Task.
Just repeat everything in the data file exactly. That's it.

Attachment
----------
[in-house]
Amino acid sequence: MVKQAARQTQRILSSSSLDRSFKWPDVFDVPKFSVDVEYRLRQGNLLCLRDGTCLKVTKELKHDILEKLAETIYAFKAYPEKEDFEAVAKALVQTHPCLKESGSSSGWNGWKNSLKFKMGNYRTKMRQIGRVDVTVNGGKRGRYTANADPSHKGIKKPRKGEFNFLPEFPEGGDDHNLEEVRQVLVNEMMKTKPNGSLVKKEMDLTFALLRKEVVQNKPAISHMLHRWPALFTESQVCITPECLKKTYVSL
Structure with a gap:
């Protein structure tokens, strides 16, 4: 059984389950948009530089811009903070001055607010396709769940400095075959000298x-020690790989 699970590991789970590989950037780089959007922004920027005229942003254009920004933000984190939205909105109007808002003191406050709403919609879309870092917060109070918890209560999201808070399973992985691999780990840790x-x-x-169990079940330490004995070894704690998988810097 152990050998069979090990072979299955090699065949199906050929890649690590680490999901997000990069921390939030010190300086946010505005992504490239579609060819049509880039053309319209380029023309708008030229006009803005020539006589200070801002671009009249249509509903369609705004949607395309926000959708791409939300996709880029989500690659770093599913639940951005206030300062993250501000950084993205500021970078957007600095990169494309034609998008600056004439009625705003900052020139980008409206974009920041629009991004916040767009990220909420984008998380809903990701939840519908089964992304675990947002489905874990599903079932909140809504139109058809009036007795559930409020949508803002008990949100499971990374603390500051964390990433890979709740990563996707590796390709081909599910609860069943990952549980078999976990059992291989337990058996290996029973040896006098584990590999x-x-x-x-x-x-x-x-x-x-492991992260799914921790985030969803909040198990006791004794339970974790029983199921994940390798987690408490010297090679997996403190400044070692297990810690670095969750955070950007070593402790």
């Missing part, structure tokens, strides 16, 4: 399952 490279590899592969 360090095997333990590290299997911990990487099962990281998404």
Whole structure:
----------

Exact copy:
[in-house]
Amino acid sequence: MVKQAARQTQRILSSSSLDRSFKWPDVFDVPKFSVDVEYRLRQGNLLCLRDGTCLKVTKELKHDILEKLAETIYAFKAYPEKEDFEAVAKALVQTHPCLKESGSSSGWNGWKNSLKFKMGNYRTKMRQIGRVDVTVNGGKRGRYTANADPSHKGIKKPRKGEFNFLPEFPEGGDDHNLEEVRQVLVNEMMKTKPNGSLVKKEMDLTFALLRKEVVQNKPAISHMLHRWPALFTESQVCITPECLKKTYVSL
Structure with a gap:
């Protein structure tokens, strides 16, 4: 059984389950948009530089811009903070001055607010396709769940400095075959000298x-020690790989 699970590991789970590989950037780089959007922004920027005229942003254009920004933000984190939205909105109007808002003191406050709403919609879309870092917060109070918890209560999201808070399973992985691999780990840790x-x-x-169990079940330490004995070894704690998988810097 152990050998069979090990072979299955090699065949199906050929890649690590680490999901997000990069921390939030010190300086946010505005992504490239579609060819049509880039053309319209380029023309708008030229006009803005020539006589200070801002671009009249249509509903369609705004949607395309926000959708791409939300996709880029989500690659770093599913639940951005206030300062993250501000950084993205500021970078957007600095990169494309034609998008600056004439009625705003900052020139980008409206974009920041629009991004916040767009990220909420984008998380809903990701939840519908089964992304675990947002489905874990599903079932909140809504139109058809009036007795559930409020949508803002008990949100499971990374603390500051964390990433890979709740990563996707590796390709081909599910609860069943990952549980078999976990059992291989337990058996290996029973040896006098584990590999x-x-x-x-x-x-x-x-x-x-492991992260799914921790985030969803909040198990006791004794339970974790029983199921994940390798987690408490010297090679997996403190400044070692297990810690670095969750955070950007070593402790």
């Missing part, structure tokens, strides 16, 4: 399952 490279590899592969 360090095997333990590290299997911990990487099962990281998404």
Whole structure: